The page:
While in Italy, I was talking to a teacher who’s doing his doctoral dissertation on the television program ER, and he asked me, “Why do you suppose this show has lost its audience?” “Oh, that’s easy,” I responded. “Where in the initial seasons of ER the doctors were heroes, they’ve since become loathsome narcissists.” In other words, the audience used to admire Dr. Green and Doug and Carol because they were self-sacrificing, unbelievably brilliant, and focused on doing good in the world and for their patients. Today, however, ER is comprised of a bunch of sex-obsessed, sulky, petty people who are constantly fighting turf wars and looking as though they are being perpetually exploited. I wouldn’t want to spend five minutes on an elevator with these people, never mind a full hour of my Thursday night. This loss of the hero is a huge problem in contemporary storytelling; essentially, it means that people aren’t getting from their stories what they need most.
How do you watch a film without being infected by its lies?
The first step is to be aware of the lies themselves. And the best way to be aware of lies is to pervade yourself with the truth. The writer Flannery O’Connor once said that it takes someone who is healthy to recognize a freak when he sees one; she also said that the reason why people don’t generally notice just how freakish our culture has become is that they’ve gotten away from . . . well, I’m sorry . . . they’ve gotten away from God. A person’s proximity to God is what allows him to see clearly the sickness present in society.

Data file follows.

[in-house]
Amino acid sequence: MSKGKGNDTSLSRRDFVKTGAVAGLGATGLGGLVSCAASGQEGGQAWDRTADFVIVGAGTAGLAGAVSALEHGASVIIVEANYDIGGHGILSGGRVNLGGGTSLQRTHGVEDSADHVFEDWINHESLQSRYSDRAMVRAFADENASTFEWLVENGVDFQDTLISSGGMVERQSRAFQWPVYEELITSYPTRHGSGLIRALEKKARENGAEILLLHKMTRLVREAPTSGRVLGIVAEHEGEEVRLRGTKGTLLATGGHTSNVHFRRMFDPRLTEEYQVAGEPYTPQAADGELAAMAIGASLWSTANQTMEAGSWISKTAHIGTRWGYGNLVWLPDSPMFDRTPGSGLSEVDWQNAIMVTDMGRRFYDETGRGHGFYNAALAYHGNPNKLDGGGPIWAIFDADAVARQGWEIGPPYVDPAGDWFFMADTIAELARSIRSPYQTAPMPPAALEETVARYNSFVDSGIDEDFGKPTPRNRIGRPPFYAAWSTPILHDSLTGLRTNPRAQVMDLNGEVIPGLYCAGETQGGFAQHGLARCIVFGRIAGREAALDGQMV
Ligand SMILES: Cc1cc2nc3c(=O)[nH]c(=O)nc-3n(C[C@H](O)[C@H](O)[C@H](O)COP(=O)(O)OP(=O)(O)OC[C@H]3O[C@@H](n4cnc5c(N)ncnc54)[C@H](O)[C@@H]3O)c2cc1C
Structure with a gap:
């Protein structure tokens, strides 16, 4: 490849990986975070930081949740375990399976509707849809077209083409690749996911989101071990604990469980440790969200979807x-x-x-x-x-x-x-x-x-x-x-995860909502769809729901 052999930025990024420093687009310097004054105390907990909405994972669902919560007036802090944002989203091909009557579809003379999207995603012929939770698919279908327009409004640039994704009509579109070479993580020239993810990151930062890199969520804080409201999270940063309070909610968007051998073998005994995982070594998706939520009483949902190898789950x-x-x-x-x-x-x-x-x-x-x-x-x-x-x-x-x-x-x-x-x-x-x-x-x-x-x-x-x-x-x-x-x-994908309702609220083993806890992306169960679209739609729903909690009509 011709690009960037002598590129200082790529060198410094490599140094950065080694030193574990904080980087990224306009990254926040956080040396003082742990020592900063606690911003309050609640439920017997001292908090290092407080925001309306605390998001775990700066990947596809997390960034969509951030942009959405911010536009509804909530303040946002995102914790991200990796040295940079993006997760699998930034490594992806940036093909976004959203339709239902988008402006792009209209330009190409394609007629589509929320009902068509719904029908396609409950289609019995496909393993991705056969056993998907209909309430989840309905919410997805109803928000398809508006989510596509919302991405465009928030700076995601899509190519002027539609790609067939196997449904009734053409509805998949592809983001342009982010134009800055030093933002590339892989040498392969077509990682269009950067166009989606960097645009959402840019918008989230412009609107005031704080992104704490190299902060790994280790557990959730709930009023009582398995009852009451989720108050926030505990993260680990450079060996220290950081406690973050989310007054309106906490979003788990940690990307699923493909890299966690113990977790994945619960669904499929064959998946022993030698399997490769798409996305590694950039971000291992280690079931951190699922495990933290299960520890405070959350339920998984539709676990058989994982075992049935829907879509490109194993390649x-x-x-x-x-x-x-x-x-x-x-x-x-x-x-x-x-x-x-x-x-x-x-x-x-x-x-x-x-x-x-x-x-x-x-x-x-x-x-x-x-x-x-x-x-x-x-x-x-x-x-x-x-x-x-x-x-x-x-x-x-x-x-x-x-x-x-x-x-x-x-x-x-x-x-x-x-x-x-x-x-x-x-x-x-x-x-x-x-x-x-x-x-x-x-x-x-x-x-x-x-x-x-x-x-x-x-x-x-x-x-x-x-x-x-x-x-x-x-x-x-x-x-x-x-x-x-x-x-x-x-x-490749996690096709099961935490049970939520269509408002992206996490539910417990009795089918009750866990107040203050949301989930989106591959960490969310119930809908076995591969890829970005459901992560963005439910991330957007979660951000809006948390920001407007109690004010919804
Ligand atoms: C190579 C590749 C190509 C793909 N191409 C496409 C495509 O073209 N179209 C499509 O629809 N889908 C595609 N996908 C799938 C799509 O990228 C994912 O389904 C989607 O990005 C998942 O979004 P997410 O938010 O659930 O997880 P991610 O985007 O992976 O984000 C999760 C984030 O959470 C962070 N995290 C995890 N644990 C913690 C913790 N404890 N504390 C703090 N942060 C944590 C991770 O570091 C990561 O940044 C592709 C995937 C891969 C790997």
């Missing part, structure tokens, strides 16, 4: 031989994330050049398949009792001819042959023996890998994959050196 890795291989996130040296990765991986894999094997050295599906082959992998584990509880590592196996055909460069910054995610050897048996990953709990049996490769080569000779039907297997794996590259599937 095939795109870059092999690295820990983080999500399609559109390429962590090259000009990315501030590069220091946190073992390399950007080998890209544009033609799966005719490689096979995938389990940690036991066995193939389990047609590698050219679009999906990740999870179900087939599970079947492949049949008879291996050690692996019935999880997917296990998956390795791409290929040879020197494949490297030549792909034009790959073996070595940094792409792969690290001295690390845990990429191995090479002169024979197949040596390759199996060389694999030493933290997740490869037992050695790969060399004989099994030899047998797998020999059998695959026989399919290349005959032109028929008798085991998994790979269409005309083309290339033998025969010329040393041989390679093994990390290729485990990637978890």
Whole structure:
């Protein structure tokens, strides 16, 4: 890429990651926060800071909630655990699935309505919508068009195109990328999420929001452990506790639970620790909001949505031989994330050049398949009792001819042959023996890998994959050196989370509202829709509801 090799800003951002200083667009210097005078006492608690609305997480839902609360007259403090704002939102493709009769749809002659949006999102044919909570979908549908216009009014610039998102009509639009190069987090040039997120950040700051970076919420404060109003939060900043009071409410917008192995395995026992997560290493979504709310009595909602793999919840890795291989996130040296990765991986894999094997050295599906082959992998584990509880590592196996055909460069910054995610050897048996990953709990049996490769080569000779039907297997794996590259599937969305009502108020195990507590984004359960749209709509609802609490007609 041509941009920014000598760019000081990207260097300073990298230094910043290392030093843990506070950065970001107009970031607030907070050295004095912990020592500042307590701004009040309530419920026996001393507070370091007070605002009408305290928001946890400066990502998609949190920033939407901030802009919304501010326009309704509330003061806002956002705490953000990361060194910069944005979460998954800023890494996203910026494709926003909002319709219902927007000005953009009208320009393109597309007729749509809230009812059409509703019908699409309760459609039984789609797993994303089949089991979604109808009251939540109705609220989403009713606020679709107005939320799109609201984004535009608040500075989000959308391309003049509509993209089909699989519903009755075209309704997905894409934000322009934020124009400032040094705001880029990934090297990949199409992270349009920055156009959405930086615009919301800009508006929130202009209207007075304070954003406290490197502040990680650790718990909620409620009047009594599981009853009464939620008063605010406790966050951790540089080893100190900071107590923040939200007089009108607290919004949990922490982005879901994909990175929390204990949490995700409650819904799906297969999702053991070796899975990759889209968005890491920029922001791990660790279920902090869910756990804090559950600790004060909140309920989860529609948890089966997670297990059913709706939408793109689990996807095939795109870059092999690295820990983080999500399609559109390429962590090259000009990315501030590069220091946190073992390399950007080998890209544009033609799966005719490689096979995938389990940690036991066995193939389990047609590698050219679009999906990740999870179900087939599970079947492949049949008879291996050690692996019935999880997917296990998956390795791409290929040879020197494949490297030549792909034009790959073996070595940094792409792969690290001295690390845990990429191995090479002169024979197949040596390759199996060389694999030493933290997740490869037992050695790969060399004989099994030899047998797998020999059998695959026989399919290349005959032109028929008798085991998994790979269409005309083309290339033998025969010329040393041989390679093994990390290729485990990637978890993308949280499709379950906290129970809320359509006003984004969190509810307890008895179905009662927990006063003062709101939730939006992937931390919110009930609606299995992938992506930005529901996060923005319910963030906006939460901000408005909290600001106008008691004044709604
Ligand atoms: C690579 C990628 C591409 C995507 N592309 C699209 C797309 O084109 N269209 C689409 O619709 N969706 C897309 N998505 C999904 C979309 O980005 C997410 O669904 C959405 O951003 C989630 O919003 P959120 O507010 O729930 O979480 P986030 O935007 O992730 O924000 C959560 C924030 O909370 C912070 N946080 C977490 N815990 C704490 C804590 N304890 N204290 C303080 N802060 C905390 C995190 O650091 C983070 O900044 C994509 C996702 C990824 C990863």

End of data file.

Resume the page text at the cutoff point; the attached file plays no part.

Not long ago, I was at the recital of the 11-year-old daughter of a divorced friend of mine who had recently remarried. Present at the event were my friend and her new spouse; her ex-husband and his new wife; Mary, the onetime live-in girlfriend of the ex-husband, who bonded with his daughter and still keeps in touch; Mary’s child, who was conceived in another out-of-wedlock relationship; and the two teenage kids of the two new spouses, the latter having been married and divorced before as well. As I watched the little girl perform, I asked myself, “What kind of movie would have an impact on this child?” I mean, her life was already the freakiest of freak shows. What would it take to cut through the lies she has been fed—all of the pain—and confront her with a healthy worldview? This is why Flannery O’Connor used the macabre in her storytelling. “When someone is deaf, then you have to shout,” she said. We’re going to need some seriously macabre stuff to reach the next generation of moviegoers, I think.
Why doesn’t the film industry try to promote a healthy worldview? Why is it a force for lies rather than truth?
There are several factors at play here. Definitely, you can’t understate the role of the sexual revolution, which affected every aspect of society, but Hollywood in particular. Entertainment has to be bigger than the real; Hollywood always has to make the freaks just a little bit more freakish. It magnifies what’s going on in the culture, which in this case means amplifying the confusion and chaos—the challenging of every single cultural value and traditional understanding of everything in every area—precipitated by the sexual revolution. Think about it. What aspect of human life that the boomers inherited has not been completely debunked or rejected or sneered at? Such attitudes acquire an even more perverse dimension on the big screen.